Imagine your brand as a human: Back to the party-goer analogy: If you could magically turn your brand into a human, what would that human sound like? Bold, cautious, fun, formal, reflective, poetic? Voice is about personality and the traits that distinguish one person’s communication style from another person’s.
It might make sense to pattern the voice after one of the “head honchos” of the company. In a Forbes article on brand voice, Scott Baradell, the founder of PR firm Idea Grove, had this to say: “When we lead brand personality discovery exercises with clients, we sometimes look to the personality of the company’s CEO or most successful salespeople as a starting point. Then we translate that into a voice.”
Present your company’s mission and vision: To reach your potential prospect, you must voice your goals, mission, and vision. When people find your company, through any means, they want to know what you’re trying to achieve, what you see as the future of your brand, and how you’re willing to get there. Your mission defines the personality you want your voice to present.
Define your values and culture: Be it a conversation at a social gathering or a public statement by your brand, values play a distinct role in the way people and businesses are perceived. Define what you believe in and what qualities you see in your brand (and the qualities you’d like others to associate the brand with). When reflected in your public communications, your values and culture can help you reach your target audience.
Consider your competitors: The hard pill to swallow is that there’s almost no solution to every problem, so when your brand steps into a competitive market, focus more on what your brand offers than what others don’t. Anything that ranks you higher and causes you to stand out from your competitors should be emphasized in your voice. Let your customers know you’re confident in what you’re doing and that you stand by your products or services.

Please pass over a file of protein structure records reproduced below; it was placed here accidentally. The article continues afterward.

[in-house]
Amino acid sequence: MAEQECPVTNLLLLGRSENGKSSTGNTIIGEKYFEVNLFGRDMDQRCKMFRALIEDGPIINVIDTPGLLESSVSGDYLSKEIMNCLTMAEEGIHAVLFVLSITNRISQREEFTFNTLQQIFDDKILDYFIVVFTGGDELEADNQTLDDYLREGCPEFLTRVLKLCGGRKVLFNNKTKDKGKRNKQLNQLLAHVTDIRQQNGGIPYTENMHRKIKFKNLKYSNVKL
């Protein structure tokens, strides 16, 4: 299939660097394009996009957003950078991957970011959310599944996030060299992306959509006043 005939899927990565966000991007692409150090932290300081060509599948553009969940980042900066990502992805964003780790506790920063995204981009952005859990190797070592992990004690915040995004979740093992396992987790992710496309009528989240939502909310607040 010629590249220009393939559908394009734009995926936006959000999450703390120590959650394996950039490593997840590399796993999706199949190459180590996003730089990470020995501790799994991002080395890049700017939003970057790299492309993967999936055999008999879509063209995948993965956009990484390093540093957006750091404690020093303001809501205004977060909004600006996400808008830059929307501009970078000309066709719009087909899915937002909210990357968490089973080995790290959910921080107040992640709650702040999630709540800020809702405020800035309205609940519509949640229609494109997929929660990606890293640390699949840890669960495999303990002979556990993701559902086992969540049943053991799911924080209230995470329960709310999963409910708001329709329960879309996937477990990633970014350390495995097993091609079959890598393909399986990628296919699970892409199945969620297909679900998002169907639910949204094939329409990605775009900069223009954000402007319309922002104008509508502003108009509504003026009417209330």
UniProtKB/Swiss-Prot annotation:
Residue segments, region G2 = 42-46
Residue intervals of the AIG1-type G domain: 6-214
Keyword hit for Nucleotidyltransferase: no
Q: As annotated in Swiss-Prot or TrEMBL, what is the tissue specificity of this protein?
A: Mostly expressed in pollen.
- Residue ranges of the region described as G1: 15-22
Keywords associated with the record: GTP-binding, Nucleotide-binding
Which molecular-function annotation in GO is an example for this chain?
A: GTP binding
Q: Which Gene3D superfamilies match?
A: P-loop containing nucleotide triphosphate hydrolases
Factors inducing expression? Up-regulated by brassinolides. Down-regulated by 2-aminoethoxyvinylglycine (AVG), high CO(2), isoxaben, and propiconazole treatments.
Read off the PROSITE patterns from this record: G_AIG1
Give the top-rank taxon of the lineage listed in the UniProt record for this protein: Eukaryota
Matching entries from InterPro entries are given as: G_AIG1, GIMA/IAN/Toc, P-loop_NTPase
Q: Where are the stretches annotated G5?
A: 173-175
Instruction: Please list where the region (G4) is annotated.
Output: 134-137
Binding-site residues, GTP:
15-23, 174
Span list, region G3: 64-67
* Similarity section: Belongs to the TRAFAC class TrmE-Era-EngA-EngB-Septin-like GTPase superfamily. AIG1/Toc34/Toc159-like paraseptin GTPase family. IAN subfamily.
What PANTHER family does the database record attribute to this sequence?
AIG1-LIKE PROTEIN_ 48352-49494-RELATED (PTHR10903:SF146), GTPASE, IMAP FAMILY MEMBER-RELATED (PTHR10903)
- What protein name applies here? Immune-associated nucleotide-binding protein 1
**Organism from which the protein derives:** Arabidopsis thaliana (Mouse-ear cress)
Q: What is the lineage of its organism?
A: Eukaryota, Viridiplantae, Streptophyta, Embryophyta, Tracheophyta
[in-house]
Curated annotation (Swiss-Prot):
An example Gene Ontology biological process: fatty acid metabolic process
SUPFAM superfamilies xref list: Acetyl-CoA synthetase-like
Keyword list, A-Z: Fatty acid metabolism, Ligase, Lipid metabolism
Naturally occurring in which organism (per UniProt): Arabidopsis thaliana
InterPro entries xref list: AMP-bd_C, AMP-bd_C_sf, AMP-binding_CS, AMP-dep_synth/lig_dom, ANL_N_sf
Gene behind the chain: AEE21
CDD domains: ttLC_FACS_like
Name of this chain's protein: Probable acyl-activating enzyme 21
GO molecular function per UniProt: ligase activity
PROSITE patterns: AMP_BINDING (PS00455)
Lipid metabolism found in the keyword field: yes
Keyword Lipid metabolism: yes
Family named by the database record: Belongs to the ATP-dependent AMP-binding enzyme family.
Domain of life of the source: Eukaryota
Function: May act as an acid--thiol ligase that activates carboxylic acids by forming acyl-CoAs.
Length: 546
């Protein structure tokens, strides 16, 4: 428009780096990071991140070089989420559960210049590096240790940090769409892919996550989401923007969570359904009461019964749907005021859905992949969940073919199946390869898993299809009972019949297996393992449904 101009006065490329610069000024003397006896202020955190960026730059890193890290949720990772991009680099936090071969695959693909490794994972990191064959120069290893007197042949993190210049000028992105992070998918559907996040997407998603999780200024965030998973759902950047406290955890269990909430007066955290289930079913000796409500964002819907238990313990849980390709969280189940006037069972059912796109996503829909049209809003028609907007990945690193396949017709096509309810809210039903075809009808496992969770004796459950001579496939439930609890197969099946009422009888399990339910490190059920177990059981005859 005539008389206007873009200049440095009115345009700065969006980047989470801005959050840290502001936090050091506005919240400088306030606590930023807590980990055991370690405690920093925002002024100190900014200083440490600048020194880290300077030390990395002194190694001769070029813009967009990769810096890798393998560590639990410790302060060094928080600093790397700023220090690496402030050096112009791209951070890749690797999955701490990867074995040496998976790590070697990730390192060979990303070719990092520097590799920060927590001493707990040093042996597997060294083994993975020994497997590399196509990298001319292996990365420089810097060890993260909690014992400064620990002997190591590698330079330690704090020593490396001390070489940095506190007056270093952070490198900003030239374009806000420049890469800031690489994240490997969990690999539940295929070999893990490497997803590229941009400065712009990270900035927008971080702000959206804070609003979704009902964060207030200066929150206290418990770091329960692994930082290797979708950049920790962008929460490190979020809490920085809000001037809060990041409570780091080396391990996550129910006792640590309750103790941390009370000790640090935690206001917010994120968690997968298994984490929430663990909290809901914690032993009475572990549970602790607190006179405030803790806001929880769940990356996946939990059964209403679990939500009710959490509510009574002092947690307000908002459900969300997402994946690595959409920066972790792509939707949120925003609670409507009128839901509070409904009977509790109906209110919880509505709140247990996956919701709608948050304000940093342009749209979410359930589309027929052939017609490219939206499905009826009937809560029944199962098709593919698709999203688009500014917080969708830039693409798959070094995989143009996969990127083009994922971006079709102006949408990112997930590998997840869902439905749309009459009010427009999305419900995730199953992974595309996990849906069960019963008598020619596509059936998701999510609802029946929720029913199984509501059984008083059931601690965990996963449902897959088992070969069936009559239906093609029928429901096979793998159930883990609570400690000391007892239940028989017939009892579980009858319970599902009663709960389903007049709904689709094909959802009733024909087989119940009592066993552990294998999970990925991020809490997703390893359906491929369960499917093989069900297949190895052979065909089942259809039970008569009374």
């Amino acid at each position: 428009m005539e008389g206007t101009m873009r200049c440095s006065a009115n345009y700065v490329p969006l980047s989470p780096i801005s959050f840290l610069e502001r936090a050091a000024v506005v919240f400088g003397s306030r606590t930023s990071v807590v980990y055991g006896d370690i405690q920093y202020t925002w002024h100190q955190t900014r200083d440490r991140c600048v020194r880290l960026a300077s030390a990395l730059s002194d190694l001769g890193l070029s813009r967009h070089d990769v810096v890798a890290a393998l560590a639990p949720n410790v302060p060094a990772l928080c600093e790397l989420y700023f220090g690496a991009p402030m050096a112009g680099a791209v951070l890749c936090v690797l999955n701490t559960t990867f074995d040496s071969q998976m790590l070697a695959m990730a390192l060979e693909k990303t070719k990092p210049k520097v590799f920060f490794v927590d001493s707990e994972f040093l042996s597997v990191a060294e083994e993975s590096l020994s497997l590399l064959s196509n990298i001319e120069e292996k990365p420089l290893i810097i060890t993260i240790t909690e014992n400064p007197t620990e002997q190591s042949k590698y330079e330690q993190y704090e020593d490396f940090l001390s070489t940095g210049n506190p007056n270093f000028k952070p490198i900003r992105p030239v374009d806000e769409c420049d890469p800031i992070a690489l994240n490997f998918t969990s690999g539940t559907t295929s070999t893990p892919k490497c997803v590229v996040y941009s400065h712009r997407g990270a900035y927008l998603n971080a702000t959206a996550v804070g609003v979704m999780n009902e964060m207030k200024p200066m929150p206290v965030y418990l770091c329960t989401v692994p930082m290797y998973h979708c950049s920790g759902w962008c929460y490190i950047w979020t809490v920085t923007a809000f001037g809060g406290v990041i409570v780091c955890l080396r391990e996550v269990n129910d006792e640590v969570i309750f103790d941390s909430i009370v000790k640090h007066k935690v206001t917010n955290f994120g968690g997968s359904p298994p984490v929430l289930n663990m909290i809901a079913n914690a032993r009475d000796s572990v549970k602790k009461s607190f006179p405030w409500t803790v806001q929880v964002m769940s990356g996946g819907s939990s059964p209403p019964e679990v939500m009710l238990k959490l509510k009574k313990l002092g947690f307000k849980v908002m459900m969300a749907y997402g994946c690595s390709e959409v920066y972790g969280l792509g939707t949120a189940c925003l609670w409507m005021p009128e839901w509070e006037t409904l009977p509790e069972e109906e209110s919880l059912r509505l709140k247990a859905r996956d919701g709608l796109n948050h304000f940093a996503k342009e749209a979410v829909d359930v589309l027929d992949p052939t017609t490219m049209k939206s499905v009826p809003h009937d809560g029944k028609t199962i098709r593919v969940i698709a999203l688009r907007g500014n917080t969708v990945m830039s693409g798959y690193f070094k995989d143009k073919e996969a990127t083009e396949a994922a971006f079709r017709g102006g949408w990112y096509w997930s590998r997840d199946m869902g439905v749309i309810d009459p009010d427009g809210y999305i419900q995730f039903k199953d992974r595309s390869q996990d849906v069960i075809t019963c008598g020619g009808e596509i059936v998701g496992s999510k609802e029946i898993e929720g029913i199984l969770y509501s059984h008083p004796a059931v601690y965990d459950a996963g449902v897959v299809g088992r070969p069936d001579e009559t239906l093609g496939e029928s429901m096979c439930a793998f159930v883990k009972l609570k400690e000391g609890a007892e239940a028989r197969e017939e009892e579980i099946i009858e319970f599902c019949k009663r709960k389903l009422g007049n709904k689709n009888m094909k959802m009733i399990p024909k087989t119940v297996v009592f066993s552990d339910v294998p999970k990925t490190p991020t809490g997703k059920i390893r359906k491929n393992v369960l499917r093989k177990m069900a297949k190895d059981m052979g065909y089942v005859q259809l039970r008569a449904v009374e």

Identify your target audience: When you attempt to sell yourself to everyone, you end up selling yourself to no one. Focus on the audience you want, and ask yourself the question: Is this audience receiving my message?
What problems does your audience have that you can help solve? Are they interested in your brand and its core values? Consider your existing audience and why your brand appeals to them. Once you’ve figured that out, expand on thouse findings to refine your brand voice and reach your target audience.
Be consistent with your tone: Your audience should have an idea of what to expect from your brand voice, so you’ll want to keep it consistent. If you’re being funny on one social media platform and gravely serious on the other, it could cause all kinds of confusion. Don’t let your brand voice slip while you’re establishing it!
Related Reading: Build trust, and deliver consistency with your brand tone
When you’re establishing your brand voice, draw from within your company, its people, and the audiences you’re looking to target. Everyone who encounters your brand will make their own assessments of your voice, communication style, and tone. But what really matters is your confidence in the excellence of the product/service you’re offering and how successfully you’re communicating it.